While Vancouver celebrates progress in palliative care, Toronto rewards academic achievement
When Canuck Place children's hospice opened in 1995 in the Vancouver neighbourhood of Shaughnessy, it was the first free-standing hospice in North America. Since then, in response to a growing need for pediatric palliative care, a second hospice in Abbotsford has opened, and both are homes away from home for children with progressive life-threatening conditions and their families.
During 2016 and 2017, 2,101 patient beds were occupied at Canuck Place, and pediatric palliative care physicians and nurses made nearly 1,500 in-home, in-hospital and phone consults across the province of British Columbia. Each year, for the past 13 years, in an effort to raise funds to help Canuck Place continue to serve children in need, a gala is held, and this year's, given at the Westin Bayshore Hotel on Oct. 14 was presented by the Ledcor Group of Companies and raised a record $1.24-million, adding to the almost $10-million raised since the event's inception.
Emily Lazare, president of Greengrass Productions Inc., and Shanni Eckford, COO at Kootenay Holdings Ltd., returned as co-chairs to steer the event's committee, which included a bevy of familiar names from the B.C. social circuit including Priscilla Lam, Aritzia's Pippa Morgan and model Michelle Gontier. During dinner, Maureen Laforge, whose daughter Angela was cared for by the Canuck Place program before passing away, spoke of her family's experience, and the outstanding care families receive at the hospice. Following dinner, the 600 or so in attendance danced in the space designed by Patrick Roberge and Simon Cooksley.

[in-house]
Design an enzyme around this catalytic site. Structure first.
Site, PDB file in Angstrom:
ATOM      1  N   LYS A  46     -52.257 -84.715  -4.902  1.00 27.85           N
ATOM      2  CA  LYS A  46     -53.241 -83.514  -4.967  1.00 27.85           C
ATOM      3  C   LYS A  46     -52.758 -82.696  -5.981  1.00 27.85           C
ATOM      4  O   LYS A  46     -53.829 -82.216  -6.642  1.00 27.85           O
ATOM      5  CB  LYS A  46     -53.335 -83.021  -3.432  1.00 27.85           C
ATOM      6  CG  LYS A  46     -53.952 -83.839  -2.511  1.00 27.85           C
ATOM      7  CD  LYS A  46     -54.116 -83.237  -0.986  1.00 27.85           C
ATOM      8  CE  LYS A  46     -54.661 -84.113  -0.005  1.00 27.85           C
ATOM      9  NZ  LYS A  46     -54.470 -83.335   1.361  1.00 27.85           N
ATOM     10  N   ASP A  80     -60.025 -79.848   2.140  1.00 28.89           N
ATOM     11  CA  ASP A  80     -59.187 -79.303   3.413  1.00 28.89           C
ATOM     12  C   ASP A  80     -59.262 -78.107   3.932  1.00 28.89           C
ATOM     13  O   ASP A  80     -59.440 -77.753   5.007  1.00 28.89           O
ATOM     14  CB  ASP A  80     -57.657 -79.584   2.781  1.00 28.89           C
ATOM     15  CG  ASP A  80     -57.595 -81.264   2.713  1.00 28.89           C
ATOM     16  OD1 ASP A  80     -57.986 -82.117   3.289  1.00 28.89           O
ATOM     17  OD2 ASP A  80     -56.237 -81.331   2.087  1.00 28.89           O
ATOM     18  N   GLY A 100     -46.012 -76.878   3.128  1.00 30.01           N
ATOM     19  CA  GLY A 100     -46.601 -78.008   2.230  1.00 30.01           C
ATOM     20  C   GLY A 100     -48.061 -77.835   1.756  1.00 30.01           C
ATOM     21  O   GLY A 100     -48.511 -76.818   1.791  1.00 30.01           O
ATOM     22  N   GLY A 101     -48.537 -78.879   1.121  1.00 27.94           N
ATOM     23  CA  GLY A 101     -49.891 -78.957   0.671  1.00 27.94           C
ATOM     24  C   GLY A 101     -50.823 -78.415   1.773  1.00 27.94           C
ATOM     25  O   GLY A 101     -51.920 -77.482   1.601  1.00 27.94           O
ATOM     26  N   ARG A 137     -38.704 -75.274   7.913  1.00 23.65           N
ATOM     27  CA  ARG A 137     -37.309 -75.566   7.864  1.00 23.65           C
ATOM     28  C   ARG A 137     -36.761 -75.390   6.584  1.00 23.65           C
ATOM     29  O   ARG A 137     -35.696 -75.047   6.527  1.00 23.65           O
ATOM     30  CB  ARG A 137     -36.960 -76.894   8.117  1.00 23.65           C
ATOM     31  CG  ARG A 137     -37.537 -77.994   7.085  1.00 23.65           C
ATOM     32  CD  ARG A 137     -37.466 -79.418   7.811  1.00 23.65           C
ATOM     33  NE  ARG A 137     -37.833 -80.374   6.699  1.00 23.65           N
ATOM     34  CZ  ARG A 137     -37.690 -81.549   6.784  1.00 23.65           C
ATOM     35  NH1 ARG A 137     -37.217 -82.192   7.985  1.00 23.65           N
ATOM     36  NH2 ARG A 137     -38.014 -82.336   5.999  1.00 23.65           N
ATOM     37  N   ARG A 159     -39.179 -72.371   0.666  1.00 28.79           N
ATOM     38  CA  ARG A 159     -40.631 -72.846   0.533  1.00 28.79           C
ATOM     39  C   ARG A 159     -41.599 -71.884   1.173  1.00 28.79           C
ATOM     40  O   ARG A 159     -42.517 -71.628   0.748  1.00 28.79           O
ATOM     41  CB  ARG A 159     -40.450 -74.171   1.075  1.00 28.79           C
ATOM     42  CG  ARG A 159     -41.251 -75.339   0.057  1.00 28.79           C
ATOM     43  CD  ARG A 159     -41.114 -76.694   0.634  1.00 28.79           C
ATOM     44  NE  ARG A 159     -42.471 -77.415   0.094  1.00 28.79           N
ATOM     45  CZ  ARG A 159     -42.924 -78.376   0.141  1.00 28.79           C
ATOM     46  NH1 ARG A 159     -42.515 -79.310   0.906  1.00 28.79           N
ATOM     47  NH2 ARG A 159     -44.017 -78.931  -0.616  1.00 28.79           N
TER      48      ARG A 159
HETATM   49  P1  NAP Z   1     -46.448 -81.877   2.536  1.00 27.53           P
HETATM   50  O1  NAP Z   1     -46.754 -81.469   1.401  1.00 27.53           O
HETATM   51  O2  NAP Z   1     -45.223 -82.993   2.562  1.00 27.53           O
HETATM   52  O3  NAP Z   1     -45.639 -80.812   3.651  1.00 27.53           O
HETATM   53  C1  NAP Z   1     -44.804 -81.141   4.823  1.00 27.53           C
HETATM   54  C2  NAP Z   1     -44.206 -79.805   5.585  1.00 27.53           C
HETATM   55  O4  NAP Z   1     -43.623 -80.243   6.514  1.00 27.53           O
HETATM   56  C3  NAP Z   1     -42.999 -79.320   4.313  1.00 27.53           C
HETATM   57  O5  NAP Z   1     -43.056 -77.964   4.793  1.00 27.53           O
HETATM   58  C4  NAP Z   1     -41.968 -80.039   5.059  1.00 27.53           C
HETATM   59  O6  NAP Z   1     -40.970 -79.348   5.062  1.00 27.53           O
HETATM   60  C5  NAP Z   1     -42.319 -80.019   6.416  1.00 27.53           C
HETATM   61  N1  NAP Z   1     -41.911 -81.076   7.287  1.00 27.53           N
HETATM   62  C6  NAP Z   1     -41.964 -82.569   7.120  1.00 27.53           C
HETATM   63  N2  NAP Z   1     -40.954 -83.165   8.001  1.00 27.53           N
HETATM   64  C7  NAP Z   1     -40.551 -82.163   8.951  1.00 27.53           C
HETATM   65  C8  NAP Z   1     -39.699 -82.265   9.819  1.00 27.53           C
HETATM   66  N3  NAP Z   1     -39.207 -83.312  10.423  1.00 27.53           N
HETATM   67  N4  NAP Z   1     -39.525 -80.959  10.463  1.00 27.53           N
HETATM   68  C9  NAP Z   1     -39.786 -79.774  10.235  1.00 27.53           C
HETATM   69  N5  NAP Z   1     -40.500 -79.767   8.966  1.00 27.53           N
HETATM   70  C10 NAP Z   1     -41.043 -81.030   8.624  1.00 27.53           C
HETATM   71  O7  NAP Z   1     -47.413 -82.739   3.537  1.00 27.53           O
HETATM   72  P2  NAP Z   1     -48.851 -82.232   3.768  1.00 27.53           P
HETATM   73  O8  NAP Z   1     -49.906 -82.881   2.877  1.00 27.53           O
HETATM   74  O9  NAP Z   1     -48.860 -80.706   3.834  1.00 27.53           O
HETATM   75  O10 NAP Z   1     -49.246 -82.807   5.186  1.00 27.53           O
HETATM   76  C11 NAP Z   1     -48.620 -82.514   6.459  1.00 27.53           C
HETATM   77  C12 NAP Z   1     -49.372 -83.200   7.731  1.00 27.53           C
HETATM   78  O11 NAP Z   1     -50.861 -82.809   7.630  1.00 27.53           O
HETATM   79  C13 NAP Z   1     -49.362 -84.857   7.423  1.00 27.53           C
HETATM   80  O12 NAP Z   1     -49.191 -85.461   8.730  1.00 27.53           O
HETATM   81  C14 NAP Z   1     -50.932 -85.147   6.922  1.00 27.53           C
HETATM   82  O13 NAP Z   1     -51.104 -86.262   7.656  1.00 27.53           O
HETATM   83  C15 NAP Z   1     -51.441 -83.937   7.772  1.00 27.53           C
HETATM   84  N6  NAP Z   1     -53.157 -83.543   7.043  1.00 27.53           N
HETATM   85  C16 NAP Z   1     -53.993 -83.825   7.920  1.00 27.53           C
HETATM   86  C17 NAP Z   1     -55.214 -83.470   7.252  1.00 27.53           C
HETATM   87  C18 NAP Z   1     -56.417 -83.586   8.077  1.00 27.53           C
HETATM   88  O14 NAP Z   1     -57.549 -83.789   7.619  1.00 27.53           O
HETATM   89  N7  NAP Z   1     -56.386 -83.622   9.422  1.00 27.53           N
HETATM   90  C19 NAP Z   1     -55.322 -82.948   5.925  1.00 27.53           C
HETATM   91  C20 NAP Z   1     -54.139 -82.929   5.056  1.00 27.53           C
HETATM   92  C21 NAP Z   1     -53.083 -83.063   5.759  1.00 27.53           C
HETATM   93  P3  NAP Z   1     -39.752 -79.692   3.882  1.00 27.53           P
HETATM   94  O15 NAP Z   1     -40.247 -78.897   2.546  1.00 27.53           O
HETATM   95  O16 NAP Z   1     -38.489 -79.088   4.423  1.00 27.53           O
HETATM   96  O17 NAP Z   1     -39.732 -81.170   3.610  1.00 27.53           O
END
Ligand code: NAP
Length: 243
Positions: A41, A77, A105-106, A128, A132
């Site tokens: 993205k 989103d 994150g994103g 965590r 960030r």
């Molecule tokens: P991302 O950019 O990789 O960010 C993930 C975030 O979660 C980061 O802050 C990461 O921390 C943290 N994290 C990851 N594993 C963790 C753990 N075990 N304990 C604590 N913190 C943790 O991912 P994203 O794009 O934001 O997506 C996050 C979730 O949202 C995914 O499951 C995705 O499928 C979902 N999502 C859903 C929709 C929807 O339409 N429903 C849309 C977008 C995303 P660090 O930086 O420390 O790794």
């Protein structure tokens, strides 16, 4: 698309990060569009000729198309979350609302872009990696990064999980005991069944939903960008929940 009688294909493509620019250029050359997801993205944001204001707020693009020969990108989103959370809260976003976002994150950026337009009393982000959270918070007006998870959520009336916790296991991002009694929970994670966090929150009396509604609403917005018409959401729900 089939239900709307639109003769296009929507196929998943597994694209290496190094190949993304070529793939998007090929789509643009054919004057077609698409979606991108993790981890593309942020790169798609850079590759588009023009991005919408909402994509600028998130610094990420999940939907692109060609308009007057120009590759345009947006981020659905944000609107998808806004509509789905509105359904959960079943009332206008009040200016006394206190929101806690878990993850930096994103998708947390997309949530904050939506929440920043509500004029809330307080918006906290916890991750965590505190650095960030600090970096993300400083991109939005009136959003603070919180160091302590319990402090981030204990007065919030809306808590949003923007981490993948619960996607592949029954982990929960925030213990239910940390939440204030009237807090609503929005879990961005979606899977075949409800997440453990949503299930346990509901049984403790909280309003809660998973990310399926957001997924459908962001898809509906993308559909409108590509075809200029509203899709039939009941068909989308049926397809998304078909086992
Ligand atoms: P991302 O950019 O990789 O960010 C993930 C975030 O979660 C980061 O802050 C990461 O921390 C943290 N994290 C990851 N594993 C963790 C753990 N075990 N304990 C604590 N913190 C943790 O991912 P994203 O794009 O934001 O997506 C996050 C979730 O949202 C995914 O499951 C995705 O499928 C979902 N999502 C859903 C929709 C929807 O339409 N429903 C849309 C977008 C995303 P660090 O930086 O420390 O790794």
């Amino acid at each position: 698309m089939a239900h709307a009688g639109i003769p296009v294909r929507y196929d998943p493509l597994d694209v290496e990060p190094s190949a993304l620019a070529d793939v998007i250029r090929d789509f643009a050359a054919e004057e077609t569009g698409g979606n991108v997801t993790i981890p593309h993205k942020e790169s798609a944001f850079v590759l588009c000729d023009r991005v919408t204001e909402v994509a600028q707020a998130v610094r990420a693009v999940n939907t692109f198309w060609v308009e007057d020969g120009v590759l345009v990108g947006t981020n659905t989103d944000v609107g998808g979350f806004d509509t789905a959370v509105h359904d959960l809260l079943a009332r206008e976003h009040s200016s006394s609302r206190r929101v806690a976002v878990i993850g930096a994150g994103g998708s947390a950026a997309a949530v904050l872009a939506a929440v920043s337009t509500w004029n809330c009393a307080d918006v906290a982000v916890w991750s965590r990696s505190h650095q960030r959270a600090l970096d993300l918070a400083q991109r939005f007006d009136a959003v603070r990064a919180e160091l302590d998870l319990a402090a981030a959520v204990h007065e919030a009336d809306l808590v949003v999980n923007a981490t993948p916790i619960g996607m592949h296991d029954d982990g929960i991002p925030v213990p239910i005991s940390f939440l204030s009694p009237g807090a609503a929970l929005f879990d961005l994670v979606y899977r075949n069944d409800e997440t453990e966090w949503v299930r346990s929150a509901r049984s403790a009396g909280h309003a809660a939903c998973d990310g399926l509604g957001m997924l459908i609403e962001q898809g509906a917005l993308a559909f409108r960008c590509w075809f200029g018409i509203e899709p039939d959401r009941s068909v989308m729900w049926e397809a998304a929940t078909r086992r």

Among those out to support Canuck Place's 2017 gala: Global BC's Chris Gailus, who served as emcee; Ledcor Properties president Bill Fox and his wife Betty Lou; TELUS's Josh Blair and his wife Andrea; CareVest Capital Inc. president Jeevan Khunkhun and his wife Dr. Shimi Kang; Travelers Group of Companies CEO Jim Case and his wife Laurie; and of course, Canuck Place CEO Margaret McNeil, and its medical director Hal Siden.
The following week in Toronto, a do was held to support the Canadian chapter of the Horatio Alger association, which since 2012, has awarded over $1.5-million in need-based scholarships to deserving students in all provinces and territories who have overcome adversity.
The Canadian Room at the Fairmont Royal York played host to the Oct. 17 event, the association's first Excellence Gala, where The Right Honourable David Johnston, Canada's 28th Governor General was honoured with the 2018 International Horatio Alger Award, which is given annually in Washington D.C. to an individual who embodies the spirit of the organization, and has themselves persevered through life's obstacles to achieve success.
Johnston, who had humble beginnings in Cooper Cliff, a town near Sudbury, Ont., attended Harvard before devoting his life to education, first as a professor and later presiding over universities before his 2010 appointment as Queen Elizabeth II's representative in Canada. Horatio Alger member Jim Pattison, founder of The Jim Pattison Group, Canada's largest privately held company, was also recognized for his contributions.
The evening was hosted by Saturday Night Live creator Lorne Michaels, alongside the Horatio Alger Association of Canada's powerful board, including its president Prem Watsa of Fairfax Financial Holdings Ltd. and vice president Rebecca MacDonald of Just Energy Group Inc. Hockey legend Wayne Gretzky chaired the event, comedian Martin Short served as its master of ceremonies and David Foster, Paul Anka, The Tenors and Ginette Reno all performed.
The evening raised an impressive $2.6-million, which will fund 200 or so scholarships a year at Canadian universities.
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